The Nihon Review - Anime Reviews & Editorials

Akage no Anne

Title: Akage no Anne aka Anne of Green Gables
Genre: Drama
Company: Nippon Animation
Format: 50 episodes
Dates: 7 Jan 1979 – 30 Dec 1979

Synopsis: Based on the classic novel by Lucy Maud Montgomery, Akage no Anne is the story of an orphaned girl with fiery red hair who arrives by train to be adopted by aging siblings Marilla and Matthew Cuthbert. The Cuthberts, who were expecting a boy, consider sending her back, but are won over by Anne’s sincerity, charm and incredible imagination. Anne soon embraces Green Gables as her home and manages to show Marilla, Matthew and the people of Avonlea an entirely new way of looking at the world.

The Highlights
Spirit of the novel: Captured perfectly.
Characters: Very human.
Humour: Genuine and touching.
Anne’s imagination: Unbounded.

I fell in love with Anne of Green Gables when I read the original novel a few year ago, so when I found out that it had been turned into an anime through the well-respected World Masterpiece Theatre series, I knew I had to see it. It’s a story that’s been done many times before, as movies, TV mini-series and animated series, yet one of the very best versions was produced half a world away in a foreign language. Yes, the Japanese got it right.

Akage no Anne captures Anne perfectly, with her creativity and imagination, anxieties about fitting in and admiration for the beauty of the natural world. She and her friends form the core of the story, and each one is well developed and explored. There is the loyal and kind Diana, the busybody Mrs. Rachel Lynde and the quiet but loving Matthew. It’s easy to become attached to these characters as Anne leads the way through her misadventures and discoveries. The humour that shines through here made me laugh more genuinely than I had for a long time. Yet the series handles its darker, more dramatic moments exceptionally well, capturing the emotions of the characters with grace and subtlety. Nothing happens outside the realm of daily life in Avonlea, yet the story manages to be captivating. I felt I was with Anne as she grew from an awkward 11-year-old into a smart and caring young woman.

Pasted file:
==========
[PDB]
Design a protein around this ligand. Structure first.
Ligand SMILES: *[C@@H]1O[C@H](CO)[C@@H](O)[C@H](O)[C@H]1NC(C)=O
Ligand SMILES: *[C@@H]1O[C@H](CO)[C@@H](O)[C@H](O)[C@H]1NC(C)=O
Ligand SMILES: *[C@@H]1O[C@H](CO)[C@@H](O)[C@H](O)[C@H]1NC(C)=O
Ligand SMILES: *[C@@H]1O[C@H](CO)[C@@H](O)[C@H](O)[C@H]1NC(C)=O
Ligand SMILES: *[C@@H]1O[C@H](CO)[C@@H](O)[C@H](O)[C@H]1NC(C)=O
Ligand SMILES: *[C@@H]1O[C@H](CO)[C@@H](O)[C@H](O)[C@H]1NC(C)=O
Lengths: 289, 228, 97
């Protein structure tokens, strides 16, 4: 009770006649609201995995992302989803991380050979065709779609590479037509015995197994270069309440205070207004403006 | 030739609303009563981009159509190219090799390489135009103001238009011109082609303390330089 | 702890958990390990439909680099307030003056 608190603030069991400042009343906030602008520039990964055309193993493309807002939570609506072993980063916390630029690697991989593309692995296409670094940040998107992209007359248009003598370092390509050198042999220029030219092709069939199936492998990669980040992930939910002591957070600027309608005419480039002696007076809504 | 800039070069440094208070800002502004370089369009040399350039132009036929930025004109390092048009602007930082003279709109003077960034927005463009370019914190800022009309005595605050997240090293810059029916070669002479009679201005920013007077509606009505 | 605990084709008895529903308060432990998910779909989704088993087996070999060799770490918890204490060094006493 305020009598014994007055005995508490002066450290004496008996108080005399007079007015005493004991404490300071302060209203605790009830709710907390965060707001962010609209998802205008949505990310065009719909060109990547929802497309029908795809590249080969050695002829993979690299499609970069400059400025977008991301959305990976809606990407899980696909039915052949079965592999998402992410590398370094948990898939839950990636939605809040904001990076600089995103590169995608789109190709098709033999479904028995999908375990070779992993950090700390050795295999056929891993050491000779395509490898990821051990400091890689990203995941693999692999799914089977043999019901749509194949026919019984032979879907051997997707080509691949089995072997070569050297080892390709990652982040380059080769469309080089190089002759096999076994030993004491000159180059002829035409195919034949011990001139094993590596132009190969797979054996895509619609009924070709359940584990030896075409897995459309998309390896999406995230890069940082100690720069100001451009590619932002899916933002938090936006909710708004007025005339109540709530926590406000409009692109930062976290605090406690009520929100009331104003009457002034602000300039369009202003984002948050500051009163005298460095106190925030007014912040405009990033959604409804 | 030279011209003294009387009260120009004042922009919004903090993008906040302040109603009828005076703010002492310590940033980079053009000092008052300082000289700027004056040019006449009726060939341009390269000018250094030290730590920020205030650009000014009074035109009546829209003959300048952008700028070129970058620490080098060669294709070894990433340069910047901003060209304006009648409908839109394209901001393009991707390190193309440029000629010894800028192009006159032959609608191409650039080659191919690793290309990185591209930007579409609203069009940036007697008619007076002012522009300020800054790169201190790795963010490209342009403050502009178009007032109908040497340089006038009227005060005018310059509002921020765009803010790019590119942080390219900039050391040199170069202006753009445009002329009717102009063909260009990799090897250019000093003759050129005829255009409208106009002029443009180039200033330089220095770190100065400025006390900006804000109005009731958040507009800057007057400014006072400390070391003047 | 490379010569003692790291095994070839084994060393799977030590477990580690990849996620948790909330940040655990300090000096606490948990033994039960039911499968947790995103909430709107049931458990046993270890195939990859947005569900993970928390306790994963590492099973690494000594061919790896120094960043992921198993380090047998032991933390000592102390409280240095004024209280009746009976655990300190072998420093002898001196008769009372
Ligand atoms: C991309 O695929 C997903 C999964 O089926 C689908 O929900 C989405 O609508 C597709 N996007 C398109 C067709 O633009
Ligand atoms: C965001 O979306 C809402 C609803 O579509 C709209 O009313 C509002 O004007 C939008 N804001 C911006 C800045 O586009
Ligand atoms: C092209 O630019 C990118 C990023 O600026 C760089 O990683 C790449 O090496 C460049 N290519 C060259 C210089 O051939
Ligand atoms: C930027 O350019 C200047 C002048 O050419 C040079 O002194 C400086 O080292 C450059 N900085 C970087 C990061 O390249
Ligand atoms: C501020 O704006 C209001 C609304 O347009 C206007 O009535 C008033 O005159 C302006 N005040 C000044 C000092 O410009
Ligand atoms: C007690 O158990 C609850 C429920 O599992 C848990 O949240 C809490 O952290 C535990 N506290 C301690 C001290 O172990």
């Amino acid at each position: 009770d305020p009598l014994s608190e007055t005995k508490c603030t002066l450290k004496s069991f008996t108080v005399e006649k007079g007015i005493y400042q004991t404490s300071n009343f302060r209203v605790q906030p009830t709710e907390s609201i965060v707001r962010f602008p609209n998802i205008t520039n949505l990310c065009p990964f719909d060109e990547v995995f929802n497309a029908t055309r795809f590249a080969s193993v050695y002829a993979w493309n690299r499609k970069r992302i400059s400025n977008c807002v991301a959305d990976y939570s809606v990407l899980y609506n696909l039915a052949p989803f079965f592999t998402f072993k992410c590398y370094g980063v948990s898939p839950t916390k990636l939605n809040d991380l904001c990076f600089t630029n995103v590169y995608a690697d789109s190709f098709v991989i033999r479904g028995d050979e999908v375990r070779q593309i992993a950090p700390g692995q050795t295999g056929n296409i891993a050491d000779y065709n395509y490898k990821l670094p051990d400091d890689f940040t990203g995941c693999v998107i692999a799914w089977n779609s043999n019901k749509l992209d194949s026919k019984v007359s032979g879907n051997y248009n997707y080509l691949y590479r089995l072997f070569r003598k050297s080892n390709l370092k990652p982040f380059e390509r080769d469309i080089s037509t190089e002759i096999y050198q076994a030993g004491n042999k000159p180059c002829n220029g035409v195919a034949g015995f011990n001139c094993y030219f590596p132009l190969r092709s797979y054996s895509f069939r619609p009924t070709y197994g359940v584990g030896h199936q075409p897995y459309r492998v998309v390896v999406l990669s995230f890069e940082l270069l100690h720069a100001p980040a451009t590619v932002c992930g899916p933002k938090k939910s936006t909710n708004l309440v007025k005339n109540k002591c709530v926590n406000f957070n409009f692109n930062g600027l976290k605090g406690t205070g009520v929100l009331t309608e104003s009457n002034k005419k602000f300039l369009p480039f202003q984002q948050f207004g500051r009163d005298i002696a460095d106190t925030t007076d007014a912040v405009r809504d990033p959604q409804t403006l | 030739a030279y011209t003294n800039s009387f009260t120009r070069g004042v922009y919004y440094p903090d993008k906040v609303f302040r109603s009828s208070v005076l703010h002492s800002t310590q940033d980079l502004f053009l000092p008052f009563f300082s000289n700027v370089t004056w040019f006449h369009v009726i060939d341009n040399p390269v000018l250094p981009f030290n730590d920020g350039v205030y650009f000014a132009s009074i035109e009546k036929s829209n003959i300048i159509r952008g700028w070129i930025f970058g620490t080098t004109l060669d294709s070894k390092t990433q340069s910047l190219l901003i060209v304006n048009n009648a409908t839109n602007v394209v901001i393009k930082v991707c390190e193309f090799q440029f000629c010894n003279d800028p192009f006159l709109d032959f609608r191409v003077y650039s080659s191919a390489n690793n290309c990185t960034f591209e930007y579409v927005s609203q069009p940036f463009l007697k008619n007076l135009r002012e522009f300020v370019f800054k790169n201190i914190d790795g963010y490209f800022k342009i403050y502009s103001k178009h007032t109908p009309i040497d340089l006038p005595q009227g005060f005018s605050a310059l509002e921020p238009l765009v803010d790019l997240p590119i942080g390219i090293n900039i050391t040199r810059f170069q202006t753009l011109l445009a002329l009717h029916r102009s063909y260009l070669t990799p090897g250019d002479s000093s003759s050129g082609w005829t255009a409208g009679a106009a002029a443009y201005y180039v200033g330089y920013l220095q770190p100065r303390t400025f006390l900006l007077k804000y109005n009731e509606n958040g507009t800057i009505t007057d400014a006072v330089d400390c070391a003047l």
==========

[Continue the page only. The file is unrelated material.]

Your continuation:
Perhaps it’s no surprise that the series was so well done when considering who was behind it. Released in 1979, the show was directed by a young Takahada Isao (Grave of the Fireflies) who also wrote the screenplay. With character designs by Yoshifumi Kondo (Whisper of the Heart) and some of the layouts done by Miyazaki Hayao (Spirited Away), it’s easy to imagine the care that went into the series. The team even traveled to Prince Edward Island before beginning production. In an 2004 NHK documentary called Journey of the Heart, Takahada Isao explained: “We didn’t come just to take photos… We did a lot of research about how people actually lived. …Everything we learned went into our animated Anne.” The voice acting compliments the series well, and though Anne’s seiyuu seemed a bit grating during the early episodes, she proves herself later with Anne’s great speeches and dramatic performances. The animation and backgrounds are simple, but manage to capture the beauty of Prince Edward Island, highlighting the lush forests of the countryside and the charm of the changing seasons. The music, aside from one obtrusive bagpipe piece, is very fitting and subtle.

Anne of Green Gables is a story that has remained popular over the years for good reason. It is a heart-warming tale of growth and discovery. Fans of the novel will appreciate how closely Takahada follows the source material and captures the spirit of Avonlea. Newcomers will enjoy a well-told and memorable tale. You may not be able to see the world the same way, after you have seen it through Anne’s eyes.

The Rating: 9

Reviewed by: Kaikyaku

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